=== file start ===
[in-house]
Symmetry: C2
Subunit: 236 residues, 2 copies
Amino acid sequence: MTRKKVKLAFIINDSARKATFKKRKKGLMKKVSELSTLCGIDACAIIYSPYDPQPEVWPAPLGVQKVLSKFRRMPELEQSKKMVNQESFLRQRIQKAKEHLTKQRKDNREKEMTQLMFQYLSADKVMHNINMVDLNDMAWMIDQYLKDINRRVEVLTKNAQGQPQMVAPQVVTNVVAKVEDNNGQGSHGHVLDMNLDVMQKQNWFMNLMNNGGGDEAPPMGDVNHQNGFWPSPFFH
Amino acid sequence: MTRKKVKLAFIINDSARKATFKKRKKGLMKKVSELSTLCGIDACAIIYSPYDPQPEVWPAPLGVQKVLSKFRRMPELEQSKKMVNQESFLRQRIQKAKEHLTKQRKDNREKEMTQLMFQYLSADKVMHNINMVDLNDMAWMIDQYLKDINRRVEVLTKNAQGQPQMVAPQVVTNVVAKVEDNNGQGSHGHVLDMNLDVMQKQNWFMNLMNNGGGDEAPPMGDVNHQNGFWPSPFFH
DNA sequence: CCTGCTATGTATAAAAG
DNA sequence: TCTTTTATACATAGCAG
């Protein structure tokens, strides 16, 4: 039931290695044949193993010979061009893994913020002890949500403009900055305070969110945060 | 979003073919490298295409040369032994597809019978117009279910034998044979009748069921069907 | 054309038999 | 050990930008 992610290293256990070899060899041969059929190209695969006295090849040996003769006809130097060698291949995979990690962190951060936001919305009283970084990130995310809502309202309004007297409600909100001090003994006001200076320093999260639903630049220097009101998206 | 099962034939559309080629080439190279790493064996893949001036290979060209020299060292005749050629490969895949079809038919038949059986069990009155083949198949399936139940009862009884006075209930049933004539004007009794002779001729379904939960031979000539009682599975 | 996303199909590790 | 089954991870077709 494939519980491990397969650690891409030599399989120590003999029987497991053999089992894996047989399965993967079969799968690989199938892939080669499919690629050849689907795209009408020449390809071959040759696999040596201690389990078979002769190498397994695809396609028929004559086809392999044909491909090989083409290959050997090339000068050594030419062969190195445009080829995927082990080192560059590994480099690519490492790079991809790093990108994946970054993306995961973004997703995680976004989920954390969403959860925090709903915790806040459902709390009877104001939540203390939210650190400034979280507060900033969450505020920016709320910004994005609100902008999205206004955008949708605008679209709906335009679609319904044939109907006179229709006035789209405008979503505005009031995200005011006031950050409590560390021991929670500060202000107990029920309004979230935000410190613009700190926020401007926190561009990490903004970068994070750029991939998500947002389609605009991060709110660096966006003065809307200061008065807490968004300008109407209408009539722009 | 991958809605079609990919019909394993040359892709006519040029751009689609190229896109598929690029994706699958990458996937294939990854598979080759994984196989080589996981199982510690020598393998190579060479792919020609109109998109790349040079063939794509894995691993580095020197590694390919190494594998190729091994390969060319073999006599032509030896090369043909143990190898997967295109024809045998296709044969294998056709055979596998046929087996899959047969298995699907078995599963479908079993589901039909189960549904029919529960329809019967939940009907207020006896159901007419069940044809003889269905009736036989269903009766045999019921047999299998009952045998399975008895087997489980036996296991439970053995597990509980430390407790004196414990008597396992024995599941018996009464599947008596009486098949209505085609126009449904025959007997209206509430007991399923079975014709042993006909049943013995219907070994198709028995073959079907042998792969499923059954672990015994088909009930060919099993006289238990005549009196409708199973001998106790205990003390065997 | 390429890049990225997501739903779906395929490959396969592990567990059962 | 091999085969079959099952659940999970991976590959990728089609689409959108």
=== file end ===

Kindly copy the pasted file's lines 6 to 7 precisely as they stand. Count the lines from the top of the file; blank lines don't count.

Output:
DNA sequence: CCTGCTATGTATAAAAG
DNA sequence: TCTTTTATACATAGCAG